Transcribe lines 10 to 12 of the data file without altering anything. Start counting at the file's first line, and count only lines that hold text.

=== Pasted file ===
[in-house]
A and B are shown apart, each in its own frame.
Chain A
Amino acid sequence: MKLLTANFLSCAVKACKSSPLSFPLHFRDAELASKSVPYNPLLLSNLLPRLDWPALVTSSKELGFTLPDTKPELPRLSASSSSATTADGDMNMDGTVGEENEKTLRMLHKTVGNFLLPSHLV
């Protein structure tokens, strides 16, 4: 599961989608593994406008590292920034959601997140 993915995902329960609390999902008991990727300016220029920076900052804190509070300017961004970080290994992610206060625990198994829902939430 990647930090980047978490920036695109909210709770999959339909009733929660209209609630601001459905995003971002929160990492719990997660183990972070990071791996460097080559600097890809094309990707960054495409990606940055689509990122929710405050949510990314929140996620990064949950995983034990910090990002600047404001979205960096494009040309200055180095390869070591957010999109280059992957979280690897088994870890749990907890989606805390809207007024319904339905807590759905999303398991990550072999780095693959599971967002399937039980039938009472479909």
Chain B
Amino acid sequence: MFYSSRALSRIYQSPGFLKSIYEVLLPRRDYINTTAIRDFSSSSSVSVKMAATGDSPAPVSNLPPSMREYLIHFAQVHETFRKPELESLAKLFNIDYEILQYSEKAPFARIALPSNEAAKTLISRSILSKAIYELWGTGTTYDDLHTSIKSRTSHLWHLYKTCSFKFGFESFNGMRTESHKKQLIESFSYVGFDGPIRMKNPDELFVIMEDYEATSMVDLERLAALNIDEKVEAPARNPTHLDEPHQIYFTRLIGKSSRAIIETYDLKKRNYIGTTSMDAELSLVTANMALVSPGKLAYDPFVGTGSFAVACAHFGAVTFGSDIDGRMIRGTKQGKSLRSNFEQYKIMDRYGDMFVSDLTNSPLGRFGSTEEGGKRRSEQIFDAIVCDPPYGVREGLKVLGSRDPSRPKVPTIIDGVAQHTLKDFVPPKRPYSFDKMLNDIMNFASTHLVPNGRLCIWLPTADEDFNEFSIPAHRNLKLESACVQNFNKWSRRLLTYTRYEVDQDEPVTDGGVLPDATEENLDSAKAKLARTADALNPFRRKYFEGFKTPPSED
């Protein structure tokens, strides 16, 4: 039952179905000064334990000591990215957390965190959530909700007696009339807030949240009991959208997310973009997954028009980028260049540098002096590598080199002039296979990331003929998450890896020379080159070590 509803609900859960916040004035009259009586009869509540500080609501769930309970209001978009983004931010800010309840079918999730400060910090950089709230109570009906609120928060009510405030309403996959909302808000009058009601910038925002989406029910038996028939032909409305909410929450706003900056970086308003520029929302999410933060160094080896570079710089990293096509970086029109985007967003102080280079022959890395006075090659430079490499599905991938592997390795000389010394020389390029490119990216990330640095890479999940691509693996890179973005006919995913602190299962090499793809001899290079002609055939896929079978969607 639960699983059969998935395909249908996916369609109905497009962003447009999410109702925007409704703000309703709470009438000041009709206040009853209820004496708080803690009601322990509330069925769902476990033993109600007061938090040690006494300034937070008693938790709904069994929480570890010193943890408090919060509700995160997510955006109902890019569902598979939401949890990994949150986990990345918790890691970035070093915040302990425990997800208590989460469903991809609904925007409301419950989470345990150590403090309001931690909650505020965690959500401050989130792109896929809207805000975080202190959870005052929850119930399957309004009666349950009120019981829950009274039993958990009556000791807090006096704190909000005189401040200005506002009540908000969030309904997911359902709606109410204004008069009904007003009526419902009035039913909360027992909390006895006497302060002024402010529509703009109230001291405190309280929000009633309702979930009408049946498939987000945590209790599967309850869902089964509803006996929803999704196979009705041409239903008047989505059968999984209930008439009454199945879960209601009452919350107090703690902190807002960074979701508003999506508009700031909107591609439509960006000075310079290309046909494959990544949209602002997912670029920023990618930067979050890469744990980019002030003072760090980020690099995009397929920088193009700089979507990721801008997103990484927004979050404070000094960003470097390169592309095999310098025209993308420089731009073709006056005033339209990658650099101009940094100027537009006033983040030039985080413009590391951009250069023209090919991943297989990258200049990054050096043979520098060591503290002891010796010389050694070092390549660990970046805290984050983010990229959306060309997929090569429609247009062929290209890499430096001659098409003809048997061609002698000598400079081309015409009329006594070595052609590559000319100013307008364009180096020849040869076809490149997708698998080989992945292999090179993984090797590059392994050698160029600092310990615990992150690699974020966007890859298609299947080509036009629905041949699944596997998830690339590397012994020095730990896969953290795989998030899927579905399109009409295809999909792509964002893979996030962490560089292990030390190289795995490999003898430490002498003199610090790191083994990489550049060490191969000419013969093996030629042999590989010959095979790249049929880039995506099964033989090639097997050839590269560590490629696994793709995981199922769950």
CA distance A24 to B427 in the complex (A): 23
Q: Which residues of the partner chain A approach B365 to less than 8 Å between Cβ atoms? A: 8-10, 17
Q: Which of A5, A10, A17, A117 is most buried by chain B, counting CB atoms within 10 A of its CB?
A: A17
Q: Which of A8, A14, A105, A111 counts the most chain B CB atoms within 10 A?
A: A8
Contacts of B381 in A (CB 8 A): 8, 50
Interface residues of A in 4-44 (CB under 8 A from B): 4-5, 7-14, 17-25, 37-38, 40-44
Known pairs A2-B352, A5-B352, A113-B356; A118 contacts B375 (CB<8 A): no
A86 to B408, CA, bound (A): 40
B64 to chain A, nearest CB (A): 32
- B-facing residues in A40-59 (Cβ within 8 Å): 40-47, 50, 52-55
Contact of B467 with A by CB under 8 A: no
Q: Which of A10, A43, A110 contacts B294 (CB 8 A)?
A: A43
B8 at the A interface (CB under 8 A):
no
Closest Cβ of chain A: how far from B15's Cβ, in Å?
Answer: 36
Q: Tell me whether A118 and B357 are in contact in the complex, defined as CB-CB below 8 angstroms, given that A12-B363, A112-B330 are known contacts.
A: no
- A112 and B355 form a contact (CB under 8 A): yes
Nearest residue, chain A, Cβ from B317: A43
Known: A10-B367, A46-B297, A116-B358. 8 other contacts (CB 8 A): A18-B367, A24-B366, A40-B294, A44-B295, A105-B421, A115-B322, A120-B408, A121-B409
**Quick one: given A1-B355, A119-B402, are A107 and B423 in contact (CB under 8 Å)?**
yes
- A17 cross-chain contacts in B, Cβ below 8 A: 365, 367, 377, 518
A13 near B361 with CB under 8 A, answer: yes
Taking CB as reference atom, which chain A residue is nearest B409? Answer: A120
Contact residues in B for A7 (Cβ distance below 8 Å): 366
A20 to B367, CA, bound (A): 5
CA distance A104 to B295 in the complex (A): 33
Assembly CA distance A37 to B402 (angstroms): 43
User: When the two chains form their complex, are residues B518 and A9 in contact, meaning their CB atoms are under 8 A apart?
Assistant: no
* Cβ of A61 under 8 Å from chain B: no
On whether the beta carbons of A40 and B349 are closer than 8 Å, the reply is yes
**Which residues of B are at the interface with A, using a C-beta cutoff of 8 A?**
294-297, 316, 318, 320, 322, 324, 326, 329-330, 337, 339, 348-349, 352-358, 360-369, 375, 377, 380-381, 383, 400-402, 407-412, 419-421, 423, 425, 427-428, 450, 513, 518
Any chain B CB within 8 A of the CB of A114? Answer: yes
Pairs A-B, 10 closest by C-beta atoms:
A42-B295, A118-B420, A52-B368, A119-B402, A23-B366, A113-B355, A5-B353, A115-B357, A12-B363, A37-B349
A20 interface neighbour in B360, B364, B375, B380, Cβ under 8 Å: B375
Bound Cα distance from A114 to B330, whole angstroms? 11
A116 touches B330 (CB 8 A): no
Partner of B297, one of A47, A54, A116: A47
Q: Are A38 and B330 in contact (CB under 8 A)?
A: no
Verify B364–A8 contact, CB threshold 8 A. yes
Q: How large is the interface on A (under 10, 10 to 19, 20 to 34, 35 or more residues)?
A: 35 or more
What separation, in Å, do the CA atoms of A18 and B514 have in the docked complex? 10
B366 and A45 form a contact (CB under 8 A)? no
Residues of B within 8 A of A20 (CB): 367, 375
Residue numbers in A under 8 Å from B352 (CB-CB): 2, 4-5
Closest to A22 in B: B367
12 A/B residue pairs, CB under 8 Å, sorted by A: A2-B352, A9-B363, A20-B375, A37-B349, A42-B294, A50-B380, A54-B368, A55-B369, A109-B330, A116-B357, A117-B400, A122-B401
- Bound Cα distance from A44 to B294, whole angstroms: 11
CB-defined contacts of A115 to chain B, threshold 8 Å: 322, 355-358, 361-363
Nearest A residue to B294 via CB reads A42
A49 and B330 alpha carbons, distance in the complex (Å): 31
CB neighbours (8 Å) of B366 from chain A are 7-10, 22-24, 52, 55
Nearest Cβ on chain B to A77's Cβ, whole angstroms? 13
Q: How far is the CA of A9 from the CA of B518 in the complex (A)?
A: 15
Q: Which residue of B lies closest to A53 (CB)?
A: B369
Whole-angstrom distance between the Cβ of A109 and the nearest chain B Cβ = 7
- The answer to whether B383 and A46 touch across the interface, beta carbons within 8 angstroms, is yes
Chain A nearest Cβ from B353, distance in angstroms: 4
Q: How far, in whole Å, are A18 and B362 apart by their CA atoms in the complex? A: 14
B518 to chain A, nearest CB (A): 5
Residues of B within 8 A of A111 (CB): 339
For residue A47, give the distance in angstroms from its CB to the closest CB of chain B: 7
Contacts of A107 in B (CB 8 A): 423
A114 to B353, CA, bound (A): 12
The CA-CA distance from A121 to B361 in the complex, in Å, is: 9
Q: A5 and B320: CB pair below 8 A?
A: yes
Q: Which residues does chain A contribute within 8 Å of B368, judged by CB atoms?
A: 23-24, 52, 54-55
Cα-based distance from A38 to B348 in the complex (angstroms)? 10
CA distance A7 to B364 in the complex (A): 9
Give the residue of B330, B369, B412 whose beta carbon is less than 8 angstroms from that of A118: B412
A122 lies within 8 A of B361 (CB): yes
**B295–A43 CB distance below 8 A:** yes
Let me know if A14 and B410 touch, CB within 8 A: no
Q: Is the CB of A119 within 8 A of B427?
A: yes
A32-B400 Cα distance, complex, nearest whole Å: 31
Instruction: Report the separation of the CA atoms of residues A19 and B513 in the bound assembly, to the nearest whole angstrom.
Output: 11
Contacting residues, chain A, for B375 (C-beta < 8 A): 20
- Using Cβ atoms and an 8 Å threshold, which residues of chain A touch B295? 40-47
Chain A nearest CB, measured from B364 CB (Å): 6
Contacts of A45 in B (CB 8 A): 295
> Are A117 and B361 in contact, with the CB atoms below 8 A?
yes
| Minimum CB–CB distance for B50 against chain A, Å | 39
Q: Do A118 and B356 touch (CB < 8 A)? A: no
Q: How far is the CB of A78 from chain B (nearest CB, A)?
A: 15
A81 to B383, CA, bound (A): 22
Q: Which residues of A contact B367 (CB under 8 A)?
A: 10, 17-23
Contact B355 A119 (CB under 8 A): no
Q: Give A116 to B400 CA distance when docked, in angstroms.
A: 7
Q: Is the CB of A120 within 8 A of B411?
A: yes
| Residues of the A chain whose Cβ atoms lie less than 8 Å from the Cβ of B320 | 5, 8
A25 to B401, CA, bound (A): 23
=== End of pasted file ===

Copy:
Q: Which residues of the partner chain A approach B365 to less than 8 Å between Cβ atoms? A: 8-10, 17
Q: Which of A5, A10, A17, A117 is most buried by chain B, counting CB atoms within 10 A of its CB?
A: A17